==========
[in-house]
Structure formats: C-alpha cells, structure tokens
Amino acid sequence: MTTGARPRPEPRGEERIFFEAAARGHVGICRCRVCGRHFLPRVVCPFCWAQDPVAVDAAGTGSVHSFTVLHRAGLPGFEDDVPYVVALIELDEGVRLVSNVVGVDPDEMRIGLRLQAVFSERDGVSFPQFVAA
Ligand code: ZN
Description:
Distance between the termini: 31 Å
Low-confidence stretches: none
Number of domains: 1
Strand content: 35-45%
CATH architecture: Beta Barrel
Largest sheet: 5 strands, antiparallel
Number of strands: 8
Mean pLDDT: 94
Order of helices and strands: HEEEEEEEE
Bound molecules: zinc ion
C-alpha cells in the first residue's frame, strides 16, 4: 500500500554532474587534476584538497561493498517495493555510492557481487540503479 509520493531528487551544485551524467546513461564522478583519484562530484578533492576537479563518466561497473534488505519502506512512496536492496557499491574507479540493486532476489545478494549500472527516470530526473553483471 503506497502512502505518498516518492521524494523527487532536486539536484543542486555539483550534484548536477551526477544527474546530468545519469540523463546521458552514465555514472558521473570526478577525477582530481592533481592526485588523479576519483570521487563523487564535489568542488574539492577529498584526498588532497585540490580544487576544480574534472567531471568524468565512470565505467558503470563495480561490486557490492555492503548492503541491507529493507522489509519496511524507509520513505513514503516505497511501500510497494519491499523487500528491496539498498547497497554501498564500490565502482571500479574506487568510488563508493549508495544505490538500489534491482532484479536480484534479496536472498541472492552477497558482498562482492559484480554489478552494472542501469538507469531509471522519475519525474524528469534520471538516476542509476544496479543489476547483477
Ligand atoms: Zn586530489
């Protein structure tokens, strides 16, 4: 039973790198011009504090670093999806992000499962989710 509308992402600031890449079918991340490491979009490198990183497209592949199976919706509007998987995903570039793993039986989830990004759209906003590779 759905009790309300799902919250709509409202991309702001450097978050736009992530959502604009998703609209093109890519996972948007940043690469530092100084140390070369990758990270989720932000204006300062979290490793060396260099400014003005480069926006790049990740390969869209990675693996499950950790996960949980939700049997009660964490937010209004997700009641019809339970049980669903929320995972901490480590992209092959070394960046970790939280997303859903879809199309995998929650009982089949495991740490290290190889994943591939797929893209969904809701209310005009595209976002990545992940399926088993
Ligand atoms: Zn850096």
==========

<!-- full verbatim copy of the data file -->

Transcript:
[in-house]
Structure formats: C-alpha cells, structure tokens
Amino acid sequence: MTTGARPRPEPRGEERIFFEAAARGHVGICRCRVCGRHFLPRVVCPFCWAQDPVAVDAAGTGSVHSFTVLHRAGLPGFEDDVPYVVALIELDEGVRLVSNVVGVDPDEMRIGLRLQAVFSERDGVSFPQFVAA
Ligand code: ZN
Description:
Distance between the termini: 31 Å
Low-confidence stretches: none
Number of domains: 1
Strand content: 35-45%
CATH architecture: Beta Barrel
Largest sheet: 5 strands, antiparallel
Number of strands: 8
Mean pLDDT: 94
Order of helices and strands: HEEEEEEEE
Bound molecules: zinc ion
C-alpha cells in the first residue's frame, strides 16, 4: 500500500554532474587534476584538497561493498517495493555510492557481487540503479 509520493531528487551544485551524467546513461564522478583519484562530484578533492576537479563518466561497473534488505519502506512512496536492496557499491574507479540493486532476489545478494549500472527516470530526473553483471 503506497502512502505518498516518492521524494523527487532536486539536484543542486555539483550534484548536477551526477544527474546530468545519469540523463546521458552514465555514472558521473570526478577525477582530481592533481592526485588523479576519483570521487563523487564535489568542488574539492577529498584526498588532497585540490580544487576544480574534472567531471568524468565512470565505467558503470563495480561490486557490492555492503548492503541491507529493507522489509519496511524507509520513505513514503516505497511501500510497494519491499523487500528491496539498498547497497554501498564500490565502482571500479574506487568510488563508493549508495544505490538500489534491482532484479536480484534479496536472498541472492552477497558482498562482492559484480554489478552494472542501469538507469531509471522519475519525474524528469534520471538516476542509476544496479543489476547483477
Ligand atoms: Zn586530489
């Protein structure tokens, strides 16, 4: 039973790198011009504090670093999806992000499962989710 509308992402600031890449079918991340490491979009490198990183497209592949199976919706509007998987995903570039793993039986989830990004759209906003590779 759905009790309300799902919250709509409202991309702001450097978050736009992530959502604009998703609209093109890519996972948007940043690469530092100084140390070369990758990270989720932000204006300062979290490793060396260099400014003005480069926006790049990740390969869209990675693996499950950790996960949980939700049997009660964490937010209004997700009641019809339970049980669903929320995972901490480590992209092959070394960046970790939280997303859903879809199309995998929650009982089949495991740490290290190889994943591939797929893209969904809701209310005009595209976002990545992940399926088993
Ligand atoms: Zn850096």